When it comes to cloud computing, IBM is on a mission that continued today with the acquisition of Blue Box Group, a Seattle-based managed private cloud provider built on OpenStack.
The move accelerates IBM’s open cloud strategy by making it easier for customers to move to data and applications across clouds and adopt hybrid cloud environments, Big Blue officials said. Financial details of the deal were not disclosed.
Privately held Blue Box provides businesses with a simple, private cloud as a service platform based on OpenStack. Customers benefit from the ability to more easily deploy workloads across hybrid cloud environments. Blue Box has 300 global clients, including Viacom and health care technology company BioIQ.
“IBM is dedicated to helping our clients migrate to the cloud in an open, secure, data rich environment that meet their current and future business needs,” said Jim Comfort, general manager of cloud services at IBM, in a statement.
Blue Box helps speed delivery of applications and data through simplified and consistent access to public, dedicated and local cloud infrastructures. It also supports managed infrastructure services across hybrid cloud environments and IBM’s Bluemix platform as a service. And it provides a single management tool for OpenStack-based private clouds.
IBM says it is committed to delivering flexible cloud computing models that make it easier for customers to move to data and applications across clouds and meet their needs across public, private and hybrid cloud environments. With Gartner forecasting that 72 percent of enterprises will be pursuing a hybrid cloud strategy this year, it is increasingly important for companies to leverage multiple models while maintaining consistent management across their cloud platforms, the company said.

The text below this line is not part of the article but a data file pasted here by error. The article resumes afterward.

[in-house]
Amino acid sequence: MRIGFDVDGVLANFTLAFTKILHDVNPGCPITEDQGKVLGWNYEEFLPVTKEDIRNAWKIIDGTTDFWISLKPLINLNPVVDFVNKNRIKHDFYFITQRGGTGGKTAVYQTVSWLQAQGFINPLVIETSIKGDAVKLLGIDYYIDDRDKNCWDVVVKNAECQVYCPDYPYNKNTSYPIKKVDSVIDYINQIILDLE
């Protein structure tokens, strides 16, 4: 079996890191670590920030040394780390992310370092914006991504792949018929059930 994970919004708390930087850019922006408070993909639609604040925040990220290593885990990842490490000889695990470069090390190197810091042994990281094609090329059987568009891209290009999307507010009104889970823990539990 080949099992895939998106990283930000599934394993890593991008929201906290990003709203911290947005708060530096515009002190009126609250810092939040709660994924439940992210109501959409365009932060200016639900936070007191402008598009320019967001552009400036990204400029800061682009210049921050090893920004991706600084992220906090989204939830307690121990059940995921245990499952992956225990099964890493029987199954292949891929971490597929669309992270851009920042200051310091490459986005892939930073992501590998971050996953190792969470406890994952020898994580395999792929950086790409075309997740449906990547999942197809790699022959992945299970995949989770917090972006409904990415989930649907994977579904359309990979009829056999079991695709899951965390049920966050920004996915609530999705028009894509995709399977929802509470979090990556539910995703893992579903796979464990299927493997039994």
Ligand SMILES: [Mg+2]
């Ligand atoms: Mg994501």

“The Blue Box acquisition will certainly help IBM expand its cloud offerings and SoftLayer-based services but it also addresses a critical point regarding OpenStack,” said Charles King, principal analyst with Pund-IT. “On the cloud side, Blue Box’s unique approach to supporting private clouds—installing a company-built & integrated cloud appliance in customers’ data centers that the company then manages—is significantly different than other solutions in IBM’s cloud/SoftLayer arsenal. But it also complements the company’s core strategy emphasizing hybrid cloud for enterprise clients.”
The addition of Blue Box will help IBM better enable businesses to integrate their cloud-based applications and on-premises systems into OpenStack-based managed cloud environments. Blue Box also strengthens IBM Cloud’s existing OpenStack portfolio, with the introduction of a remotely managed OpenStack offering to provide users with a local cloud and increased visibility, control and security. IBM has 500 developers dedicated to working on open cloud projects.
Moreover, with Blue Box, IBM can provide a public cloudlike experience within a customer’s own data center.
“No brand is more respected in IT than IBM,” said Blue Box founder and CTO Jesse Proudman. “Blue Box is building a similarly respected brand in OpenStack. Together, we will deliver the technology and products businesses need to give their application developers an agile, responsive infrastructure across public and private clouds. This acquisition signals the beginning of new OpenStack options delivered by IBM. Now is the time to arm customers with more efficient development, delivery and lower cost solutions than they’ve seen thus far in the market.”
IBM plans to continue to support Blue Box clients and enhance their technologies while allowing those organizations to take advantage of the broader IBM portfolio.
However, “On a more practical note, OpenStack is anything but easy to configure and deploy, a point that many believe has inhibited the technology from wide acceptance,” King told eWEEK. “But Blue Box’s ‘OpenStack in a box’ approach sidesteps those problems. By configuring OpenStack appliances in-house, then managing them after deployment, the company is effectively allowing customers to gain all the benefits of OpenStack without suffering its inherent challenges or headaches. Overall this seems like a good deal for IBM and its customers that should also preserve Blue Box’s core value proposition.”